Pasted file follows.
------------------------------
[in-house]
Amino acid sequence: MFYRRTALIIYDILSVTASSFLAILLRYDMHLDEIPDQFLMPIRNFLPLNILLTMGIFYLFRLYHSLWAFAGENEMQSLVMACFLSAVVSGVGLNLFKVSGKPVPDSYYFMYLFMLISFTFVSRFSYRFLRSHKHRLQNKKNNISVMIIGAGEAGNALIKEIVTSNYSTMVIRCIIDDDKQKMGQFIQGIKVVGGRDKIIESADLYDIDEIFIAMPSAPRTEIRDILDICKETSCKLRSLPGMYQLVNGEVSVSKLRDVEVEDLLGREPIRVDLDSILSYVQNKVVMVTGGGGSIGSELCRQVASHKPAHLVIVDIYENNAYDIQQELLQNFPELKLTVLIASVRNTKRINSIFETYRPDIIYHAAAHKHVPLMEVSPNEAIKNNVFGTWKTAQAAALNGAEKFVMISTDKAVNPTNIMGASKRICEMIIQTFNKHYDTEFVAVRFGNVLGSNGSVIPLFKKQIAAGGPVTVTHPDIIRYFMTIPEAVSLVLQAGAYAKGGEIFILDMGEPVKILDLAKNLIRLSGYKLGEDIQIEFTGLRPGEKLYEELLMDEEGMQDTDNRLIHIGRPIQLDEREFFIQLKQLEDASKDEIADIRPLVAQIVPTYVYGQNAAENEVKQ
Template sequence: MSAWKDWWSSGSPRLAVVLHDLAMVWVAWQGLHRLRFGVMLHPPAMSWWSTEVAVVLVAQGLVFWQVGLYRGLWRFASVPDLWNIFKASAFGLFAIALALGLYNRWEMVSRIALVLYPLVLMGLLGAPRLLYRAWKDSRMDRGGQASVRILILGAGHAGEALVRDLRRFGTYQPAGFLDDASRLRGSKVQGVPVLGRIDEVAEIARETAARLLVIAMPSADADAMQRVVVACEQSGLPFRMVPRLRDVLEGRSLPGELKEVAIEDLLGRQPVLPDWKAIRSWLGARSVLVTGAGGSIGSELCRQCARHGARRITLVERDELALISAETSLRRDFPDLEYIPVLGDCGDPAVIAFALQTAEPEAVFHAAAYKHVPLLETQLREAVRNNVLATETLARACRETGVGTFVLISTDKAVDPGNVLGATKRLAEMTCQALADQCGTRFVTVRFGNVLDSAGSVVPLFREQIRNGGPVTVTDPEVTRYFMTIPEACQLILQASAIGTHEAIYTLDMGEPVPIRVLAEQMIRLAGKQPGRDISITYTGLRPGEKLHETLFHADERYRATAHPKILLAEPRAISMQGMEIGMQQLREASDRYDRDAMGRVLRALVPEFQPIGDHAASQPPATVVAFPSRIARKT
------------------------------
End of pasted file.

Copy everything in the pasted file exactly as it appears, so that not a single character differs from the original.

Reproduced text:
[in-house]
Amino acid sequence: MFYRRTALIIYDILSVTASSFLAILLRYDMHLDEIPDQFLMPIRNFLPLNILLTMGIFYLFRLYHSLWAFAGENEMQSLVMACFLSAVVSGVGLNLFKVSGKPVPDSYYFMYLFMLISFTFVSRFSYRFLRSHKHRLQNKKNNISVMIIGAGEAGNALIKEIVTSNYSTMVIRCIIDDDKQKMGQFIQGIKVVGGRDKIIESADLYDIDEIFIAMPSAPRTEIRDILDICKETSCKLRSLPGMYQLVNGEVSVSKLRDVEVEDLLGREPIRVDLDSILSYVQNKVVMVTGGGGSIGSELCRQVASHKPAHLVIVDIYENNAYDIQQELLQNFPELKLTVLIASVRNTKRINSIFETYRPDIIYHAAAHKHVPLMEVSPNEAIKNNVFGTWKTAQAAALNGAEKFVMISTDKAVNPTNIMGASKRICEMIIQTFNKHYDTEFVAVRFGNVLGSNGSVIPLFKKQIAAGGPVTVTHPDIIRYFMTIPEAVSLVLQAGAYAKGGEIFILDMGEPVKILDLAKNLIRLSGYKLGEDIQIEFTGLRPGEKLYEELLMDEEGMQDTDNRLIHIGRPIQLDEREFFIQLKQLEDASKDEIADIRPLVAQIVPTYVYGQNAAENEVKQ
Template sequence: MSAWKDWWSSGSPRLAVVLHDLAMVWVAWQGLHRLRFGVMLHPPAMSWWSTEVAVVLVAQGLVFWQVGLYRGLWRFASVPDLWNIFKASAFGLFAIALALGLYNRWEMVSRIALVLYPLVLMGLLGAPRLLYRAWKDSRMDRGGQASVRILILGAGHAGEALVRDLRRFGTYQPAGFLDDASRLRGSKVQGVPVLGRIDEVAEIARETAARLLVIAMPSADADAMQRVVVACEQSGLPFRMVPRLRDVLEGRSLPGELKEVAIEDLLGRQPVLPDWKAIRSWLGARSVLVTGAGGSIGSELCRQCARHGARRITLVERDELALISAETSLRRDFPDLEYIPVLGDCGDPAVIAFALQTAEPEAVFHAAAYKHVPLLETQLREAVRNNVLATETLARACRETGVGTFVLISTDKAVDPGNVLGATKRLAEMTCQALADQCGTRFVTVRFGNVLDSAGSVVPLFREQIRNGGPVTVTDPEVTRYFMTIPEACQLILQASAIGTHEAIYTLDMGEPVPIRVLAEQMIRLAGKQPGRDISITYTGLRPGEKLHETLFHADERYRATAHPKILLAEPRAISMQGMEIGMQQLREASDRYDRDAMGRVLRALVPEFQPIGDHAASQPPATVVAFPSRIARKT